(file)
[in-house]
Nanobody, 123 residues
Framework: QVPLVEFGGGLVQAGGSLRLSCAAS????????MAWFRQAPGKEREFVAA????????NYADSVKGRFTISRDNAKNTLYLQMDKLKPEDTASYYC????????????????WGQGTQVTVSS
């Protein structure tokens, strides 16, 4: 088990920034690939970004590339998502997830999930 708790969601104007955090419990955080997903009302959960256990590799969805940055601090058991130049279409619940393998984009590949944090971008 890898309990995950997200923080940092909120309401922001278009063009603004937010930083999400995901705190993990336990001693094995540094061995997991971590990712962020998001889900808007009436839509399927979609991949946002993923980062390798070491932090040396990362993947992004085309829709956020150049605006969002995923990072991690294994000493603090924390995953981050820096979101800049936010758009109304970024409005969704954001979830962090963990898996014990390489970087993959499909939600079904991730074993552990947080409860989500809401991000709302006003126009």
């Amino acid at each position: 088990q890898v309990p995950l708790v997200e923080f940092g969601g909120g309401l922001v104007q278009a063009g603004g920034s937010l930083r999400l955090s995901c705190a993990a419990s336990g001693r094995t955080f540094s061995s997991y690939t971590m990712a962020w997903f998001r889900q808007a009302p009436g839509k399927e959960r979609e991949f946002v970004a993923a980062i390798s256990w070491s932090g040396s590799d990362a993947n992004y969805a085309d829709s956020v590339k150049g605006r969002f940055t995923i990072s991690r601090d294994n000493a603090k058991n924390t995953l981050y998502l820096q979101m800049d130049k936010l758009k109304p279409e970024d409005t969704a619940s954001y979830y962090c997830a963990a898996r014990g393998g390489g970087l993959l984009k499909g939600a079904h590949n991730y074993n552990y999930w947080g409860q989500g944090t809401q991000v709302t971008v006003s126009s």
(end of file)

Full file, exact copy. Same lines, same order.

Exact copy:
[in-house]
Nanobody, 123 residues
Framework: QVPLVEFGGGLVQAGGSLRLSCAAS????????MAWFRQAPGKEREFVAA????????NYADSVKGRFTISRDNAKNTLYLQMDKLKPEDTASYYC????????????????WGQGTQVTVSS
């Protein structure tokens, strides 16, 4: 088990920034690939970004590339998502997830999930 708790969601104007955090419990955080997903009302959960256990590799969805940055601090058991130049279409619940393998984009590949944090971008 890898309990995950997200923080940092909120309401922001278009063009603004937010930083999400995901705190993990336990001693094995540094061995997991971590990712962020998001889900808007009436839509399927979609991949946002993923980062390798070491932090040396990362993947992004085309829709956020150049605006969002995923990072991690294994000493603090924390995953981050820096979101800049936010758009109304970024409005969704954001979830962090963990898996014990390489970087993959499909939600079904991730074993552990947080409860989500809401991000709302006003126009």
């Amino acid at each position: 088990q890898v309990p995950l708790v997200e923080f940092g969601g909120g309401l922001v104007q278009a063009g603004g920034s937010l930083r999400l955090s995901c705190a993990a419990s336990g001693r094995t955080f540094s061995s997991y690939t971590m990712a962020w997903f998001r889900q808007a009302p009436g839509k399927e959960r979609e991949f946002v970004a993923a980062i390798s256990w070491s932090g040396s590799d990362a993947n992004y969805a085309d829709s956020v590339k150049g605006r969002f940055t995923i990072s991690r601090d294994n000493a603090k058991n924390t995953l981050y998502l820096q979101m800049d130049k936010l758009k109304p279409e970024d409005t969704a619940s954001y979830y962090c997830a963990a898996r014990g393998g390489g970087l993959l984009k499909g939600a079904h590949n991730y074993n552990y999930w947080g409860q989500g944090t809401q991000v709302t971008v006003s126009s």